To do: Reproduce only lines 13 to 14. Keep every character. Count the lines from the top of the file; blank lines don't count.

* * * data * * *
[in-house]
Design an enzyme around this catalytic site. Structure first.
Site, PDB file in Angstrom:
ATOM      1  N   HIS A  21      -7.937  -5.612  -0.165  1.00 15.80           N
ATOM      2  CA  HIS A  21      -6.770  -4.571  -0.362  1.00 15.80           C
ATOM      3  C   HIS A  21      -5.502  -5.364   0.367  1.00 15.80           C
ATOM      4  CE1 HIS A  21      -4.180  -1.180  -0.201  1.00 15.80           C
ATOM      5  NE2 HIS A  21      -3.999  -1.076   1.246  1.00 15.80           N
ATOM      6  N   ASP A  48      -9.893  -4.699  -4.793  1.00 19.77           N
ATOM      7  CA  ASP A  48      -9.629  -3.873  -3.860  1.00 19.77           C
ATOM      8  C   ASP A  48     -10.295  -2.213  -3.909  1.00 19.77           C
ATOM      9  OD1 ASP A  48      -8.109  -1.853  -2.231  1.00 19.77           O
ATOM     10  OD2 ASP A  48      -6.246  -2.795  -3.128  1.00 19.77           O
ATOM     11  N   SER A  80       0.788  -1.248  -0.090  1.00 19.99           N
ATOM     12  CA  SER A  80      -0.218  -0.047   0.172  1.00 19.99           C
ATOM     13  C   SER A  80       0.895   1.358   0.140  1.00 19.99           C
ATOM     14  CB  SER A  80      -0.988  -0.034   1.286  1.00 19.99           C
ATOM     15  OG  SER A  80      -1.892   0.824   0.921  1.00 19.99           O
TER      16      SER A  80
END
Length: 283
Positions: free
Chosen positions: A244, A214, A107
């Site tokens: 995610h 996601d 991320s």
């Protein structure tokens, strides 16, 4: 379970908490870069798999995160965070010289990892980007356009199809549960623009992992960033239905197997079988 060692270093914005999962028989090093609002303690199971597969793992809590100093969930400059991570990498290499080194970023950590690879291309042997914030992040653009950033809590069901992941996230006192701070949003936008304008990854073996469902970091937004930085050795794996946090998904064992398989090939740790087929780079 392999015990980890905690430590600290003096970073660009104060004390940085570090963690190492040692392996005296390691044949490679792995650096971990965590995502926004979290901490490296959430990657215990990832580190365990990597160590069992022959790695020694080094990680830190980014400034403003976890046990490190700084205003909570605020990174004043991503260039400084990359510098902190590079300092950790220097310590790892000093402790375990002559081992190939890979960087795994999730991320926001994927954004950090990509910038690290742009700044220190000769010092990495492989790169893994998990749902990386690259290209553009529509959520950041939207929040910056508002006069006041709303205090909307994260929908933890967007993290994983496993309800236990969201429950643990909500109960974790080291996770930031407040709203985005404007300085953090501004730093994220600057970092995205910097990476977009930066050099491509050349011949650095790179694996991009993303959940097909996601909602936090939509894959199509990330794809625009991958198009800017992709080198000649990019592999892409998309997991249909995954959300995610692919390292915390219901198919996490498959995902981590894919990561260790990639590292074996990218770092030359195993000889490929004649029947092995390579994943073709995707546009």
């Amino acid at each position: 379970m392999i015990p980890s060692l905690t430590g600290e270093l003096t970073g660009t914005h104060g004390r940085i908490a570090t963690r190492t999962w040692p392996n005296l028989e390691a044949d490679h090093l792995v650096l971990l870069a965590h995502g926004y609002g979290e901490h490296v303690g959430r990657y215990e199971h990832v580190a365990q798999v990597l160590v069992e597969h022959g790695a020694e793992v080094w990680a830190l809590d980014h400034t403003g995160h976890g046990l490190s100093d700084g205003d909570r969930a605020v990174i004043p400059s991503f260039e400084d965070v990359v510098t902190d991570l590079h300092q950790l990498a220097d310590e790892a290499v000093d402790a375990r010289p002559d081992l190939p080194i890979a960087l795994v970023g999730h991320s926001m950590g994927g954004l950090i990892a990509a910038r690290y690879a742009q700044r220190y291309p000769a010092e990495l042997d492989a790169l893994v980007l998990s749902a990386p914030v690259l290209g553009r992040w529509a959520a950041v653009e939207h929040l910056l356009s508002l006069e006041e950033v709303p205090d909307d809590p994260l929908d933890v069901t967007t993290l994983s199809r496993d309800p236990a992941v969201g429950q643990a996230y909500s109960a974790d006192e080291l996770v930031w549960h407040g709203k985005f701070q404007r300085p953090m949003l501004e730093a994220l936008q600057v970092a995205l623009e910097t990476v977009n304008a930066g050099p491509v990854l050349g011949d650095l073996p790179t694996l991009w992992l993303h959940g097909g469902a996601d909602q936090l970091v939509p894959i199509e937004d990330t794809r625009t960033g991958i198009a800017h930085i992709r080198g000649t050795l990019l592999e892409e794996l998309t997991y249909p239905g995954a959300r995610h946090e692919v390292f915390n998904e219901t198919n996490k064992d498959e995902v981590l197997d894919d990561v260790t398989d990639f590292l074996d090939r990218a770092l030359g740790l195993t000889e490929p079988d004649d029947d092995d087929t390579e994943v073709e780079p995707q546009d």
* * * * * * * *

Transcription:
ATOM     10  OD2 ASP A  48      -6.246  -2.795  -3.128  1.00 19.77           O
ATOM     11  N   SER A  80       0.788  -1.248  -0.090  1.00 19.99           N